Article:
A while ago I watched a pretty good video on YouTube called Should Video Game Characters Age??. When I think about it, this is a really interesting concept. The kids who grew up reading Harry Potter (not me; I was the nerd who read them all within a year) grew up alongside the characters. In the first book (1997/1998) Harry is eleven years old and in the final (2007) he’s seventeen. Not only do the characters themselves grow and mature, so do the plot and themes. The early books were overall more whimsical children’s stories but towards the end there were topics such as race/class warfare and death. This is the best example I can think of that shows how to keep your audience with a story. So why don’t video games do it?
Take a look at some popular franchises (especially Nintendo ones) and see if we can find a pattern. Did you guess what they all have in common? No? I’ll just keep the prize to myself then. For the most part, the age of their protagonists and the tone of the game stay consistent. Some have been around for so long that they’re over a decade older than their target demographic. I don’t have a problem with this, but you really don’t feel as much of a connection to a character who was the same age as you were when you first played the game two kids and a wife ago. This has been done a little bit before. I’ve seen it in Kingdom Hearts 2 and maybe in Jak & Daxter (I say maybe because I never played much). But what if we had a game where the maturing of the character is really a huge focus? As always, I have a great game idea. Maybe if I do this enough someone will pay me… Nah.
We start off with our character. Billy, for boys or Jenny, for girls. Billy and Jenny are 10 years old and they deal with ghosts and monsters in their town. I know it’s vague, but the story isn’t what I’m focusing on right now. The first game is rated E10+ and Billy and Jenny have childish additudes, childish dialogues and childish personalities. Just like the real ten year-olds playing the game. Five years later the sequel comes out. Billy and Jenny are still fighting the ghouls but they’ve matured. Not so much that you forget they’re kids, but just enough that is believable to have happened between ten and fifteen. The game is rated T for teen and has darker themes and a more serious tone. The fact that Billy and Jenny are teenagers will noticably change the gameplay. Since a high school student generally has less restrictions than a ten year-old, the game world will be significantly larger.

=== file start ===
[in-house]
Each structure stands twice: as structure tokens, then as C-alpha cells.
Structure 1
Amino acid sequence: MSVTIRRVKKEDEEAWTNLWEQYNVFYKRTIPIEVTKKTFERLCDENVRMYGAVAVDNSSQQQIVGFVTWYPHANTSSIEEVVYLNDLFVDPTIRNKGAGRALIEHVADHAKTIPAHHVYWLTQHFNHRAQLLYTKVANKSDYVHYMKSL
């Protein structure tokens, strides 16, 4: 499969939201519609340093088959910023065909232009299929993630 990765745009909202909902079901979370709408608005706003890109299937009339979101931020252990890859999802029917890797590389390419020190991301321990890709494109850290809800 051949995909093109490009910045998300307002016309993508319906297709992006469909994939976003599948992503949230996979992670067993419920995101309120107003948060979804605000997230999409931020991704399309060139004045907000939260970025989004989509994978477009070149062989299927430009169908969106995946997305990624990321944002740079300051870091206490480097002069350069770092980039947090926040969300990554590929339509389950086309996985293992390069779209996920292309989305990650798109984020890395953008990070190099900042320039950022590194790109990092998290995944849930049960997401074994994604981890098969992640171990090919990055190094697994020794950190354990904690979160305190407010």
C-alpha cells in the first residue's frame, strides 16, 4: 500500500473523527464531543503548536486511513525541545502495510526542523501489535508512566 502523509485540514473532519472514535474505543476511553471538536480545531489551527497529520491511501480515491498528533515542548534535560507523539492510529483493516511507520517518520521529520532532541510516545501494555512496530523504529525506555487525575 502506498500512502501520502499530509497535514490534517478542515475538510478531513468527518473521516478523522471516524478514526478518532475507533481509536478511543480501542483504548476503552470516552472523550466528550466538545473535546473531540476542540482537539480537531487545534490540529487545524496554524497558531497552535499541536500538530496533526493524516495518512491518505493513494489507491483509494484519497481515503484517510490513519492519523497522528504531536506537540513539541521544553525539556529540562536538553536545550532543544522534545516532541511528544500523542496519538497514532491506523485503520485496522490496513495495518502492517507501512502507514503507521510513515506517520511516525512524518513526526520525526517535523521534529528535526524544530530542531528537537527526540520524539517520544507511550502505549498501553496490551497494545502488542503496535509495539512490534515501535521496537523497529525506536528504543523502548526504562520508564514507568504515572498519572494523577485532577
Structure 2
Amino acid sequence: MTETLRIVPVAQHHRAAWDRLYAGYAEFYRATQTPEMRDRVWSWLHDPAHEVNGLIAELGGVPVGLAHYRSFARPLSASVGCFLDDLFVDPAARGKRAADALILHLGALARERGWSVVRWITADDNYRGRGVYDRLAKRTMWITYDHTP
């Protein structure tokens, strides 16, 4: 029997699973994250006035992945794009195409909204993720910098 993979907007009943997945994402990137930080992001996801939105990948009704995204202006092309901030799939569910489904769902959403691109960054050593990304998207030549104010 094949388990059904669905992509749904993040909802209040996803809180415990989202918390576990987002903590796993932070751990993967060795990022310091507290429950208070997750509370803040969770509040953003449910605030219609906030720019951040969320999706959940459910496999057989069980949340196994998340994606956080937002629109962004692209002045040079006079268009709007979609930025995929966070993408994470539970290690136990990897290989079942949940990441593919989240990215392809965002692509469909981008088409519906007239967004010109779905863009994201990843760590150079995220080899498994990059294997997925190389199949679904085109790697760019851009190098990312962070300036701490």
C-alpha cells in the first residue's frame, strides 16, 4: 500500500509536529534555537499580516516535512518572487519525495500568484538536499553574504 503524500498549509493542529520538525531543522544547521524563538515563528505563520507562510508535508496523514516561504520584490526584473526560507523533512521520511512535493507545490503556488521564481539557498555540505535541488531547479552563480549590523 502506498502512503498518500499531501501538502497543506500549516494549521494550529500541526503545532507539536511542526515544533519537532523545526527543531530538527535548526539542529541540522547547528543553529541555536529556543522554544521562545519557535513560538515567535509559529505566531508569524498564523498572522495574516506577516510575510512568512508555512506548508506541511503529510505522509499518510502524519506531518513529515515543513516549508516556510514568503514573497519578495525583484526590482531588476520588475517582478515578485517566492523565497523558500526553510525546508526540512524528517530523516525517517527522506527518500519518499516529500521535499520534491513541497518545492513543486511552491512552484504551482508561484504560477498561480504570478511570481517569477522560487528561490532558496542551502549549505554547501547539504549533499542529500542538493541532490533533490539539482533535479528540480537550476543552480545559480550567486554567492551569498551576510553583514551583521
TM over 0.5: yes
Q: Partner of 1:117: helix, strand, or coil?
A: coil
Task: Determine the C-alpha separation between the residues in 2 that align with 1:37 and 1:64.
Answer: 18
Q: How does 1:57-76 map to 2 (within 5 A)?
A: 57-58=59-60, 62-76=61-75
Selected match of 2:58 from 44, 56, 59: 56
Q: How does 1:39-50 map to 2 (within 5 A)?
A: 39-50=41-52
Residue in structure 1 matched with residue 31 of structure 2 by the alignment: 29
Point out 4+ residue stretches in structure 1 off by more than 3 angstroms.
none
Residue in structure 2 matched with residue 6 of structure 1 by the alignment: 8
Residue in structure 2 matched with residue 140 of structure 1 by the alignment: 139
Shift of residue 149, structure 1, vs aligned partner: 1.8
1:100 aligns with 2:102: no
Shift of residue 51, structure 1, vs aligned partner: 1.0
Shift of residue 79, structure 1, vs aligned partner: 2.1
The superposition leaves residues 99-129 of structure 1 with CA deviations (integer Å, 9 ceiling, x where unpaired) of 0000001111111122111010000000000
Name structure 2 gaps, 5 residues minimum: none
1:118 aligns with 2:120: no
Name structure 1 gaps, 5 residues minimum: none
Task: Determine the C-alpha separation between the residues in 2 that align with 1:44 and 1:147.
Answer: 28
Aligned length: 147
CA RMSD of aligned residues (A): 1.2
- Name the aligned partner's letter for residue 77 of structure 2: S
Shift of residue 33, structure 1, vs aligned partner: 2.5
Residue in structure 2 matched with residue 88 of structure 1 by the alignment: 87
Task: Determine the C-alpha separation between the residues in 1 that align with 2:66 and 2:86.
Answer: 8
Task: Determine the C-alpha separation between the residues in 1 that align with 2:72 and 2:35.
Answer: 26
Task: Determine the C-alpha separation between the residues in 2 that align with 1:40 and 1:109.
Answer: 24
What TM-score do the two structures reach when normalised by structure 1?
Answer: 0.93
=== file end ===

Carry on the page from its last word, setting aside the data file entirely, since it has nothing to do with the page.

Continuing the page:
Finally we end the trilogy five years after the release of the second game. Jenny and Billy (now Jennifer and William) are young adults just like the kids who played the first game ten years ago. The game is rated M for Mature and it really starts to get dark and serious. There’s murder, religious themes, torture, intelligent glimpses of how the characters have grown and also been affected by these supernatural occurrences. This would be the only game franchise to go this far into following their original customers into adulthood.
Unfortunately, this game may never be made. No one with a budget wants to do anything original. Also, I doubt many studios could really plan a franchise ten years ahead. Even after L.A. Noire was such a big hit, the studio closed its doors. Oh well. It’s not like it’s my first game idea that will never happen.